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May 7, 2024

Fusion Breakthrough: 6 Minutes of Plasma Sets New Reactor Record

Posted by in categories: nuclear energy, sustainability

A fusion reactor in southern France, called WEST, just achieved an important milestone that brings us one step closer to clean, sustainable, nearly limitless energy.

Scientists at New Jersey’s Princeton Plasma Physics Laboratory, who collaborated on the project, announced today that the device created a super-hot material called a plasma that reached 90 million degrees Fahrenheit (50 million degrees Celsius) for 6 straight minutes.

The ultimate goal is to sustain a super-hot plasma for many hours, but 6 minutes is a new world record for a device like WEST. Other nuclear reactors similar to WEST have created hotter plasmas, but they haven’t lasted as long.

May 7, 2024

Fusion record set for tungsten tokamak WEST

Posted by in category: nuclear energy

By Rachel Kremen, Princeton Plasma Physics Laboratory

Researchers at the U.S. Department of Energy’s (DOE) Princeton Plasma Physics Laboratory (PPPL) measured a new record for a fusion device internally clad in tungsten, the element that could be the best fit for the commercial-scale machines required to make fusion a viable energy source for the world.

May 4, 2024

Fusion Breakthrough: Compact New Device Reaches Temperatures of 37 Million Degrees

Posted by in categories: innovation, nuclear energy

In the nine decades since humans first produced fusion reactions, only a few fusion technologies have demonstrated the ability to make a thermal fusion plasma with electron temperatures hotter than 10 million degrees Celsius, roughly the temperature of the core of the sun. Zap Energy’s unique approach, known as a sheared-flow-stabilized Z pinch, has now joined those rarefied ranks, far exceeding this plasma temperature milestone in a device that is a fraction of the scale of other fusion systems.

A new research paper, published this month in Physical Review Letters, details measurements made on Zap Energy’s Fusion Z-pinch Experiment (FuZE) of 1–3 keV plasma electron temperatures — roughly the equivalent of 11 to 37 million degrees Celsius (20 to 66 million degrees Fahrenheit). Due to the electrons’ ability to rapidly cool a plasma, this feat is a key hurdle for fusion systems and FuZE is the simplest, smallest, and lowest cost device to have achieved it. Zap’s technology offers the potential for a much shorter and more practical path to a commercial product capable of producing abundant, on-demand, carbon-free energy to the globe.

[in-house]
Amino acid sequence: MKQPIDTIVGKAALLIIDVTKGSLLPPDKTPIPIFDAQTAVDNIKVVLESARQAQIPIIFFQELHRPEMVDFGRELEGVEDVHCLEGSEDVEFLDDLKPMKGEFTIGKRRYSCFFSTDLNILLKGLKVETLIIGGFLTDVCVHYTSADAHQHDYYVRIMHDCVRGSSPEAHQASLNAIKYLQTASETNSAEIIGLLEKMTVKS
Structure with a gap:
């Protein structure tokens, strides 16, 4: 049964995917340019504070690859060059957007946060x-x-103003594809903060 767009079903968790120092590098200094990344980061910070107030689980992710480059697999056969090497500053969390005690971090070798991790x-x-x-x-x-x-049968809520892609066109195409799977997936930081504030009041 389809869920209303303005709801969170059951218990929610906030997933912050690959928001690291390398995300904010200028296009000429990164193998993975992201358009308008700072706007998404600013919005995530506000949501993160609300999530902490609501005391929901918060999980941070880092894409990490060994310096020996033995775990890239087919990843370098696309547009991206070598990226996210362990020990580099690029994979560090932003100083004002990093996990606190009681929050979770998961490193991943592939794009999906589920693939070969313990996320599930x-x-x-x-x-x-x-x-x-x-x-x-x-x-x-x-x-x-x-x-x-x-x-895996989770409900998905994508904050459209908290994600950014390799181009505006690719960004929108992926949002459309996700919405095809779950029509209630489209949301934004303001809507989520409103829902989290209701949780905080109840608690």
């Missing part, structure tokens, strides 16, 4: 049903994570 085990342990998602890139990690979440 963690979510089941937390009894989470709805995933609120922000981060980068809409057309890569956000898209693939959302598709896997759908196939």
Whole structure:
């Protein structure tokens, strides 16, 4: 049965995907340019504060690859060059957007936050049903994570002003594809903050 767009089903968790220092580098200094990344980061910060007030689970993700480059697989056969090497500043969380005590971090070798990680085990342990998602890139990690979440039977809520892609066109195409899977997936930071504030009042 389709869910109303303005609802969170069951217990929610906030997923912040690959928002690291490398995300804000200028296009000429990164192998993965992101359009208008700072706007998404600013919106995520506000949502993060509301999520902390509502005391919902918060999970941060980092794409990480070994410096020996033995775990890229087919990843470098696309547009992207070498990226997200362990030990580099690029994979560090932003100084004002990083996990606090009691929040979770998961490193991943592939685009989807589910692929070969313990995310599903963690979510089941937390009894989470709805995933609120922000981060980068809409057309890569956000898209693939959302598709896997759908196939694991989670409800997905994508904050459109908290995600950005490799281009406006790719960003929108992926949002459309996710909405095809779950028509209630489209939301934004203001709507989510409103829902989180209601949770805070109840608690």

“These are meticulous, unequivocal measurements, yet made on a device of incredibly modest scale by traditional fusion standards,” describes Ben Levitt, VP of R&D at Zap. “We’ve still got a lot of work ahead of us, but our performance to date has advanced to a point that we can now stand shoulder to shoulder with some of the world’s pre-eminent fusion devices, but with great efficiency, and at a fraction of the complexity and cost.”

May 3, 2024

Shedding Light on the Thorium-229 Nuclear Clock Isomer

Posted by in categories: nuclear energy, particle physics, quantum physics

Researchers use a laser to excite and precisely measure a long-sought exotic nuclear state, paving the way for precise timekeeping and ultrasensitive quantum sensing.

Any reliably produced, periodic phenomenon—from the swing of a pendulum to the vibrations of a single atom—can form the basis of a clock. Today’s most precise timekeeping is based on extremely narrow electronic transitions in atoms, which resonate at optical frequencies. These stupendously precise optical atomic clocks lose just 1 second (s) in about 30 billion years. However, they could potentially be outperformed by a nuclear clock, which would instead “tick” to the resonant frequency of a transition that occurs in the atomic nucleus instead of in the electronic shell. The most promising candidate for this nuclear standard is an exceptionally low-energy and long-lived excited state, or isomer, of the isotope thorium-229 (229 Th). Researchers have now achieved the long-sought goal of exciting this transition with ultraviolet light.

May 1, 2024

Fusion in Space: New Plasma Thruster Tested Successfully

Posted by in categories: nuclear energy, space travel